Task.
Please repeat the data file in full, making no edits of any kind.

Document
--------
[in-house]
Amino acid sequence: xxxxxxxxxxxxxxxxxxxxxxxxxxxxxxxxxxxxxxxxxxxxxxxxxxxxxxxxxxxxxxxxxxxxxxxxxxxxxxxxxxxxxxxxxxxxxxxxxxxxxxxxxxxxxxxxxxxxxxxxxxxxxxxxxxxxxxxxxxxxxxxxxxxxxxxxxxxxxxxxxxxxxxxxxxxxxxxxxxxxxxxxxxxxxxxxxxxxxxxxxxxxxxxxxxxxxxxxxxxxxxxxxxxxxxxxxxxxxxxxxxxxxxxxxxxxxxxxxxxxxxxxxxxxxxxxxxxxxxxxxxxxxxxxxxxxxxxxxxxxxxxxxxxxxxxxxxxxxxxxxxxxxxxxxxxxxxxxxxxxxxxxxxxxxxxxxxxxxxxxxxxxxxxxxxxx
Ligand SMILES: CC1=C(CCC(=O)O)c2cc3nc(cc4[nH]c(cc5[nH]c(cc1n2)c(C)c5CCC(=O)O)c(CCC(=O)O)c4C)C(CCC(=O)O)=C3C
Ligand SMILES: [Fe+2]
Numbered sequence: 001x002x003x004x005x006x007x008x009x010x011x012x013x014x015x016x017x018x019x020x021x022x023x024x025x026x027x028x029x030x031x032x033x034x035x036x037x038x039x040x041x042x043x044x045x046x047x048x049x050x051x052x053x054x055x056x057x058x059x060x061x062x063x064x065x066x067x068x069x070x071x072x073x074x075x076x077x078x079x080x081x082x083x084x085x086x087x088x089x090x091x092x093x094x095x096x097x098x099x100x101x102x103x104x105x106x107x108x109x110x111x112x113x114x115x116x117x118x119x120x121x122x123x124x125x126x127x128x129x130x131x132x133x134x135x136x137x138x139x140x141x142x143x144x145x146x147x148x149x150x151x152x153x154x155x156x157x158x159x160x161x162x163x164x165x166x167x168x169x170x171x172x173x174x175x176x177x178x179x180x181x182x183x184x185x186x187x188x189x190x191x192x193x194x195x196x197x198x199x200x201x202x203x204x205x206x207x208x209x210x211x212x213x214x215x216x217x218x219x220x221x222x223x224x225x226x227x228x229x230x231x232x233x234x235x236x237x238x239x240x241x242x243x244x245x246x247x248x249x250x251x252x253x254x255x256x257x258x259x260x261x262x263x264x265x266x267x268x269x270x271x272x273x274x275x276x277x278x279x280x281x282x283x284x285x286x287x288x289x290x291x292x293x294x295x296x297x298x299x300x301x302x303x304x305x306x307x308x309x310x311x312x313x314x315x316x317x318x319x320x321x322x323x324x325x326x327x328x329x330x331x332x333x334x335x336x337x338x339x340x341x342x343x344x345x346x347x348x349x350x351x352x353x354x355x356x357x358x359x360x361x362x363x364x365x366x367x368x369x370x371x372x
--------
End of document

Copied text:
[in-house]
Amino acid sequence: xxxxxxxxxxxxxxxxxxxxxxxxxxxxxxxxxxxxxxxxxxxxxxxxxxxxxxxxxxxxxxxxxxxxxxxxxxxxxxxxxxxxxxxxxxxxxxxxxxxxxxxxxxxxxxxxxxxxxxxxxxxxxxxxxxxxxxxxxxxxxxxxxxxxxxxxxxxxxxxxxxxxxxxxxxxxxxxxxxxxxxxxxxxxxxxxxxxxxxxxxxxxxxxxxxxxxxxxxxxxxxxxxxxxxxxxxxxxxxxxxxxxxxxxxxxxxxxxxxxxxxxxxxxxxxxxxxxxxxxxxxxxxxxxxxxxxxxxxxxxxxxxxxxxxxxxxxxxxxxxxxxxxxxxxxxxxxxxxxxxxxxxxxxxxxxxxxxxxxxxxxxxxxxxxxxx
Ligand SMILES: CC1=C(CCC(=O)O)c2cc3nc(cc4[nH]c(cc5[nH]c(cc1n2)c(C)c5CCC(=O)O)c(CCC(=O)O)c4C)C(CCC(=O)O)=C3C
Ligand SMILES: [Fe+2]
Numbered sequence: 001x002x003x004x005x006x007x008x009x010x011x012x013x014x015x016x017x018x019x020x021x022x023x024x025x026x027x028x029x030x031x032x033x034x035x036x037x038x039x040x041x042x043x044x045x046x047x048x049x050x051x052x053x054x055x056x057x058x059x060x061x062x063x064x065x066x067x068x069x070x071x072x073x074x075x076x077x078x079x080x081x082x083x084x085x086x087x088x089x090x091x092x093x094x095x096x097x098x099x100x101x102x103x104x105x106x107x108x109x110x111x112x113x114x115x116x117x118x119x120x121x122x123x124x125x126x127x128x129x130x131x132x133x134x135x136x137x138x139x140x141x142x143x144x145x146x147x148x149x150x151x152x153x154x155x156x157x158x159x160x161x162x163x164x165x166x167x168x169x170x171x172x173x174x175x176x177x178x179x180x181x182x183x184x185x186x187x188x189x190x191x192x193x194x195x196x197x198x199x200x201x202x203x204x205x206x207x208x209x210x211x212x213x214x215x216x217x218x219x220x221x222x223x224x225x226x227x228x229x230x231x232x233x234x235x236x237x238x239x240x241x242x243x244x245x246x247x248x249x250x251x252x253x254x255x256x257x258x259x260x261x262x263x264x265x266x267x268x269x270x271x272x273x274x275x276x277x278x279x280x281x282x283x284x285x286x287x288x289x290x291x292x293x294x295x296x297x298x299x300x301x302x303x304x305x306x307x308x309x310x311x312x313x314x315x316x317x318x319x320x321x322x323x324x325x326x327x328x329x330x331x332x333x334x335x336x337x338x339x340x341x342x343x344x345x346x347x348x349x350x351x352x353x354x355x356x357x358x359x360x361x362x363x364x365x366x367x368x369x370x371x372x